Scientists have launched two large studies to test a medical treatment that, if proven effective, could have an enormous impact on the leading cause of death in American hospitals.

The treatment is aimed at sepsis, a condition in which the body's inflammatory response rages out of control in reaction to an infection, often leading to organ damage or failure. There's no proven cure for sepsis, which strikes well over 1 million Americans a year and kills more than 700 a day.

Updated at 10:55 a.m. ET

Kremlin-linked Russian politician Alexander Torshin traveled frequently between Moscow and various destinations in the United States to build relationships with figures on the American right starting as early as 2009, beyond his previously known contacts with the National Rifle Association.

President Trump's chief of staff, Gen. John Kelly, said he has never seriously considered leaving his job and indicated that he's in lockstep with the president on many issues. Kelly says they have "a close relationship" and spend up to eight hours a day together.

"My view is to speak truth to power. I always give my opinion on everything. He always listens," he said. "Sometimes he takes the opinion, sometimes he doesn't."

Fifteen protesters involved in a brawl outside of the Turkish ambassador's residence in Washington, D.C., in May 2017, filed a lawsuit on Thursday against the Republic of Turkey as well two Americans and three Canadians who allegedly attacked them.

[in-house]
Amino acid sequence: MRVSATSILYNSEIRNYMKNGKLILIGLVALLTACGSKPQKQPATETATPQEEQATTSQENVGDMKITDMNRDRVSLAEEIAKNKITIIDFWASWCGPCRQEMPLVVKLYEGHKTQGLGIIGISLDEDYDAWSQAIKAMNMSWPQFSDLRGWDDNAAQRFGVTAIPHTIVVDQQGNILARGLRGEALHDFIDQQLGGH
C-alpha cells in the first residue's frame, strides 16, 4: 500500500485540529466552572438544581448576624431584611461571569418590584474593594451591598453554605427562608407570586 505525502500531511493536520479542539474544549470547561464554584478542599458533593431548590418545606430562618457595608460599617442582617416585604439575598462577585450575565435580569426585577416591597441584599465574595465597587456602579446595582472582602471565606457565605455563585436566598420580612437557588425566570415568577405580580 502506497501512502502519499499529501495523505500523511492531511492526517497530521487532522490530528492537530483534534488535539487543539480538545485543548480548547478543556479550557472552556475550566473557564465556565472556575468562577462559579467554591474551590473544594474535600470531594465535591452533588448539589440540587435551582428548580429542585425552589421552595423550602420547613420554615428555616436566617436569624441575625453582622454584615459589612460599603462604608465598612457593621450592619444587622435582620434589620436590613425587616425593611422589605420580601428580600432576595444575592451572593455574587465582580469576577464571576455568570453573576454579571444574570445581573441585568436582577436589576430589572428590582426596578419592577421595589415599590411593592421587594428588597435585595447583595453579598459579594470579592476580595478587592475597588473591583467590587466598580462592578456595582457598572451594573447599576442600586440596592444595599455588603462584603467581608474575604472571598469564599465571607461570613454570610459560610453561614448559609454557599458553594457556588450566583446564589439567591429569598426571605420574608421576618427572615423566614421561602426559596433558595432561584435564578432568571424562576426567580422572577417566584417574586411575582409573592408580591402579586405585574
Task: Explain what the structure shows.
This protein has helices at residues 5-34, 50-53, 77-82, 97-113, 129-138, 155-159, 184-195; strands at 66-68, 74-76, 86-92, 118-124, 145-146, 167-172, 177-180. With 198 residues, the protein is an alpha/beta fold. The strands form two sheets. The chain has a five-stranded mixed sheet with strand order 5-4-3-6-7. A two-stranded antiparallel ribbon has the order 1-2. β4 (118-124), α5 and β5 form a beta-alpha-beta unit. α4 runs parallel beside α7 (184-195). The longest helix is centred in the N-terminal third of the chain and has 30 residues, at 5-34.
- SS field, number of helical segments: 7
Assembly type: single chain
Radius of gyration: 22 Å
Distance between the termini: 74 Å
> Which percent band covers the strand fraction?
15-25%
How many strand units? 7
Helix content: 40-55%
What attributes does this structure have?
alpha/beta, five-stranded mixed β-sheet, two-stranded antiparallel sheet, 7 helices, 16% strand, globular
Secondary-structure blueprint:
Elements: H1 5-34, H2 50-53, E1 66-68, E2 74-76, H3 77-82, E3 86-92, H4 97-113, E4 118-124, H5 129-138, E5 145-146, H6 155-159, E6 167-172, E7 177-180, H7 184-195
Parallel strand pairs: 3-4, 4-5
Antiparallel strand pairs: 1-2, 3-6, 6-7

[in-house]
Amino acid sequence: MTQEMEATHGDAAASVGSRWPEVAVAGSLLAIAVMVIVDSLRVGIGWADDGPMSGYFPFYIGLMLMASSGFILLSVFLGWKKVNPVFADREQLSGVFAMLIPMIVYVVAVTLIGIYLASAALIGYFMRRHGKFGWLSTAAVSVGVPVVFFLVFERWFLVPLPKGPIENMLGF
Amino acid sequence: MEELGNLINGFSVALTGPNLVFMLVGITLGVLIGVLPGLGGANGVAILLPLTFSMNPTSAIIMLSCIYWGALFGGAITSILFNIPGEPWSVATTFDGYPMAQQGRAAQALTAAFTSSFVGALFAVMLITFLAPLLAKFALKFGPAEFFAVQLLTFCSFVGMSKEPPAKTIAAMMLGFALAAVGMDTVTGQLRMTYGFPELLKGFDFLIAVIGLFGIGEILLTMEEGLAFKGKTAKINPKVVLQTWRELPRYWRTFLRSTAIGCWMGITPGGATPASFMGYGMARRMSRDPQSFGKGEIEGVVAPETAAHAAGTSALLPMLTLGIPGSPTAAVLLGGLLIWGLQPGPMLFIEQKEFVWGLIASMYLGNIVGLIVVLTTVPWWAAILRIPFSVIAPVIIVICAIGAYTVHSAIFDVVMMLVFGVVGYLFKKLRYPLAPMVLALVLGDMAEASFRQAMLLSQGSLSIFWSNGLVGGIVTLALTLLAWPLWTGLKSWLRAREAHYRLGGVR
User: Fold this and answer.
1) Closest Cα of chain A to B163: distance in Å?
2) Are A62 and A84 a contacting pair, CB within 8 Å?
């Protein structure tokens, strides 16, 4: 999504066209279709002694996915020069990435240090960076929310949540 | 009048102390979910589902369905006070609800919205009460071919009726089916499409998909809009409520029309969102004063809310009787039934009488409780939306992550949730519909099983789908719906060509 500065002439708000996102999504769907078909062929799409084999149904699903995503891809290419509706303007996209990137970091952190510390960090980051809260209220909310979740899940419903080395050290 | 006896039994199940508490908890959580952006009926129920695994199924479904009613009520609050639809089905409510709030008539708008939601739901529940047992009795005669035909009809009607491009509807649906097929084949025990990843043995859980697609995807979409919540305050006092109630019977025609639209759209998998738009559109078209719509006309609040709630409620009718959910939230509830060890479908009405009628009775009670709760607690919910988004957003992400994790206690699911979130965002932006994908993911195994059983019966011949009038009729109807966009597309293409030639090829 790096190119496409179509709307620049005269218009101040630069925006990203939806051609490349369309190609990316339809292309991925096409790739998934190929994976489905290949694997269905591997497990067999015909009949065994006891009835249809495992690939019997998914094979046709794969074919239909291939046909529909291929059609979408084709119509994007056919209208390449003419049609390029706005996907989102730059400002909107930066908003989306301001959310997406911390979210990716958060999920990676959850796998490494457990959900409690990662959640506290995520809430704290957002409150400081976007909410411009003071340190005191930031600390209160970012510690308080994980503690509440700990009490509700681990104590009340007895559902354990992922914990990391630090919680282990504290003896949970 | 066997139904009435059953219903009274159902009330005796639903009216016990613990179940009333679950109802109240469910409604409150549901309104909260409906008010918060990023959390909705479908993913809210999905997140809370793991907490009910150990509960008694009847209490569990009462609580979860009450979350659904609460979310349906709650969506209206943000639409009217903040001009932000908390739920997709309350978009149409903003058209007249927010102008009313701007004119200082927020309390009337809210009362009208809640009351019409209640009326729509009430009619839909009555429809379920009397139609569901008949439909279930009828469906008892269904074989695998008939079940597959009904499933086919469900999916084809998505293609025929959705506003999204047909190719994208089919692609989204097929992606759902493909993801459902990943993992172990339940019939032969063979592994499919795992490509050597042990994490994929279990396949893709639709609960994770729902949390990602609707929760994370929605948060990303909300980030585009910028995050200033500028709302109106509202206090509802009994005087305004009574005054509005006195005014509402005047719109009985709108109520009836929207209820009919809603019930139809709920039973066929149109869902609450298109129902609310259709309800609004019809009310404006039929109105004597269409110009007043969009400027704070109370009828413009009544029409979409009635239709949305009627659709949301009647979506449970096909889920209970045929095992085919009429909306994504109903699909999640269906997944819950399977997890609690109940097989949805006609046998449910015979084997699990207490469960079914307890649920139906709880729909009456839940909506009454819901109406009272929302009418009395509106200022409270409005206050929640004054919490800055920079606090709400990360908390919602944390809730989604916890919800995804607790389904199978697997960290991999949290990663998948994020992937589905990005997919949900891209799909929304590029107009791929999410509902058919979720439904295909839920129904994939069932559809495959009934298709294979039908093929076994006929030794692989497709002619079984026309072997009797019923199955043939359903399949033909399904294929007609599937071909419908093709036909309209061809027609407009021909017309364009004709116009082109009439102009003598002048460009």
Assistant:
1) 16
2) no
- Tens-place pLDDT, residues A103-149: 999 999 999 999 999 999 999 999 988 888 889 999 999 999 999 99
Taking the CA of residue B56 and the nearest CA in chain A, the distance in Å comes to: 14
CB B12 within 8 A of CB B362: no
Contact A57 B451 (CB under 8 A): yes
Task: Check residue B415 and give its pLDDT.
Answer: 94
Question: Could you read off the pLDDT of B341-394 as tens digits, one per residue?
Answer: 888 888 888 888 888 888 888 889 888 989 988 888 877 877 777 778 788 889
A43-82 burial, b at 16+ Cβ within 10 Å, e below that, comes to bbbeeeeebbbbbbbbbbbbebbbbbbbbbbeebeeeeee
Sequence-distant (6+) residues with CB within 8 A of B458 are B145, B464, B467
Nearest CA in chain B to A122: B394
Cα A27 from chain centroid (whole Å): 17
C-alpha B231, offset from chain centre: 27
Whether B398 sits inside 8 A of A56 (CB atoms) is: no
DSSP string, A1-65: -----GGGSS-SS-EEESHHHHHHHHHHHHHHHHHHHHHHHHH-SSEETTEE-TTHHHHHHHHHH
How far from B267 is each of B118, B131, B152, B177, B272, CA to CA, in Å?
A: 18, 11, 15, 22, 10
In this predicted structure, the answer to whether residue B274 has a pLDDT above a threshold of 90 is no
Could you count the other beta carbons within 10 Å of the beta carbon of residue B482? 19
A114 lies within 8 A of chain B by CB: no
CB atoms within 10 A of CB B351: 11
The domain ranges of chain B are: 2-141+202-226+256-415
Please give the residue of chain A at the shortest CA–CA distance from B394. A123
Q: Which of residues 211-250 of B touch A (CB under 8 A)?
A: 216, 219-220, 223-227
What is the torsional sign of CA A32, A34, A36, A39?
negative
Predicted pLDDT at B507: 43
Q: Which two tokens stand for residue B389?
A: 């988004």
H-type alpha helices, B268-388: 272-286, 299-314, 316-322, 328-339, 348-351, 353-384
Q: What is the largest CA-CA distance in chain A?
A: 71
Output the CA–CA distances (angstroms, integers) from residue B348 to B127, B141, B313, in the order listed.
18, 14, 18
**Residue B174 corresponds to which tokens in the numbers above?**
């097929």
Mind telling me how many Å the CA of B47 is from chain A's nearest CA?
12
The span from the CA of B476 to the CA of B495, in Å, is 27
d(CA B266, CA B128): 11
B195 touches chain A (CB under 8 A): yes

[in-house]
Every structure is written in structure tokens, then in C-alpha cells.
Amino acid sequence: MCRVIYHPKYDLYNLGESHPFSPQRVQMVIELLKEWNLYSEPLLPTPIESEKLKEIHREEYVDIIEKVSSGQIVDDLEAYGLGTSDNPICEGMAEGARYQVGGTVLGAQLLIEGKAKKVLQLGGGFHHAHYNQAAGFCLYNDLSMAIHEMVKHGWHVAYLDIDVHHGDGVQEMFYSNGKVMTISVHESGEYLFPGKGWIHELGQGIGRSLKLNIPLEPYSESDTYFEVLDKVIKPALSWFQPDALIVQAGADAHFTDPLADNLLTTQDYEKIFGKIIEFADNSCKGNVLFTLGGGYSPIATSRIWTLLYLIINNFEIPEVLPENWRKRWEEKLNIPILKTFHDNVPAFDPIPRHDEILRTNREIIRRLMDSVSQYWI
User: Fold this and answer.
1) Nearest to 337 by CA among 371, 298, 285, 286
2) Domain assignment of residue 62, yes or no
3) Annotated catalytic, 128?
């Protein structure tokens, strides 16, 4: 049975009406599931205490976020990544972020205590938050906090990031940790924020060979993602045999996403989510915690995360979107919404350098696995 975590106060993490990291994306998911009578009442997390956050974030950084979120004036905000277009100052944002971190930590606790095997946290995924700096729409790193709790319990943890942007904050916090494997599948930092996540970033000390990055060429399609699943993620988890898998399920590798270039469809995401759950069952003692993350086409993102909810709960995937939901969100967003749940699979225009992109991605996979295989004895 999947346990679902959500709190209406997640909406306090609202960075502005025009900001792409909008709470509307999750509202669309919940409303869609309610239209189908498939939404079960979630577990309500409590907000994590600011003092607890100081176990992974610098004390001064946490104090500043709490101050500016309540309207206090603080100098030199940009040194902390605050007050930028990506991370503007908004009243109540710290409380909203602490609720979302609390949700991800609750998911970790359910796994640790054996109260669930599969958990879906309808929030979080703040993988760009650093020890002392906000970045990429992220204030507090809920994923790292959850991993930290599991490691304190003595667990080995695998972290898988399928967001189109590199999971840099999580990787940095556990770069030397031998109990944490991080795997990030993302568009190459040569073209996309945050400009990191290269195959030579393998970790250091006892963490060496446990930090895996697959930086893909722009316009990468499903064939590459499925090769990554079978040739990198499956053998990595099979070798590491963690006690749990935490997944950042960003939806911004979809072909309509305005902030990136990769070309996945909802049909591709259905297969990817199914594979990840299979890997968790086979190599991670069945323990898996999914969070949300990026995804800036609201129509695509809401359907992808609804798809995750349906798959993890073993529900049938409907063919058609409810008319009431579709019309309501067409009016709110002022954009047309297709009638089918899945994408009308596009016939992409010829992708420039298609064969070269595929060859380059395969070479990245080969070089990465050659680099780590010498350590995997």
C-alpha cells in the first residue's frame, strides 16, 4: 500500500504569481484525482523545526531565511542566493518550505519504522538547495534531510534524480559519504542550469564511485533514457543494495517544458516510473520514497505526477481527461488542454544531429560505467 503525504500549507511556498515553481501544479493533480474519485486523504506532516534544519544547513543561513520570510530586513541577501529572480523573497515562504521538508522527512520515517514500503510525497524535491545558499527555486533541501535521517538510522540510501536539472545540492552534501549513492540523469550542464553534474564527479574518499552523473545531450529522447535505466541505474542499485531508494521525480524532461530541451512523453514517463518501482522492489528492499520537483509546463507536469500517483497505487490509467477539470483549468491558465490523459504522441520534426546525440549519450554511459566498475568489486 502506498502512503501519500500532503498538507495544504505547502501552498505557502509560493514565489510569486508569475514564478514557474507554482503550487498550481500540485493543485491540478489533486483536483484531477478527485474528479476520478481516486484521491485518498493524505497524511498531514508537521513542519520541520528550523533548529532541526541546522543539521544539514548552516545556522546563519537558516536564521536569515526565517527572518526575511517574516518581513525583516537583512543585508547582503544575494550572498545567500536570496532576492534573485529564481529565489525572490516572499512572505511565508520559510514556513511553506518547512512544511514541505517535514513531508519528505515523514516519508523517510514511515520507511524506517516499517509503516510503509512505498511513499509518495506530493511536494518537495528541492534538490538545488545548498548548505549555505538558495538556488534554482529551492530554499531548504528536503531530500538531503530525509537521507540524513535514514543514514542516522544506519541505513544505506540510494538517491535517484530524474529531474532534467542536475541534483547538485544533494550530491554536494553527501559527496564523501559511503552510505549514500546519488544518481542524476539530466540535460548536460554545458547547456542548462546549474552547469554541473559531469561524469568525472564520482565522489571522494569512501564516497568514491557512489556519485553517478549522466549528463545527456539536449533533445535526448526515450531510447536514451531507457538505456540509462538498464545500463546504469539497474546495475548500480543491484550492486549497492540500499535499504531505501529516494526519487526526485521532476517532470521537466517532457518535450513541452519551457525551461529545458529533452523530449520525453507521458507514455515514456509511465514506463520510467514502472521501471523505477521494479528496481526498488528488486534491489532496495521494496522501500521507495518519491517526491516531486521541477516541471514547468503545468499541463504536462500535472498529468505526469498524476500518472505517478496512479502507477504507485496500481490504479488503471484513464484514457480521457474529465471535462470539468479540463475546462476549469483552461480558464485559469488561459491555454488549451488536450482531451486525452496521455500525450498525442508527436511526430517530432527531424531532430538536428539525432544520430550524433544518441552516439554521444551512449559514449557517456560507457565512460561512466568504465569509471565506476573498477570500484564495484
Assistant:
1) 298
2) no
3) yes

There are no other birds quite like them in the world. The South Georgia pipit and pintail are so distinctive in the grand pantheon of ornithology, in fact, they draw their names from the one place they've made their home: South Georgia Island, sitting lonely in the forbidding South Atlantic not far from Antarctica.

He served behind bars in Israel for two decades. He was a shadowy figure in the military wing of the Islamist group Hamas.

Now Yehiyeh Sinwar is head of the group's Gaza branch. He spoke with members of the international press corps for the first time on Thursday.

"I usually don't talk to the media," he said.

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People across the country are finding packages they haven't ordered inside their mailboxes. Nick Fountain from our Planet Money podcast investigates.

NICK FOUNTAIN, BYLINE: When did you first get a weird package?

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U.S. immigration officials view Harold James Tatum as a Honduran but Tatum views himself as a New Yorker. Tatum was deported to Honduras 18 years ago but he says he's never really gotten used to it.

"I don't even know the national anthem of this country," says Tatum, sitting behind a table selling jewelry near the beach in Tela on Honduras' Caribbean coast.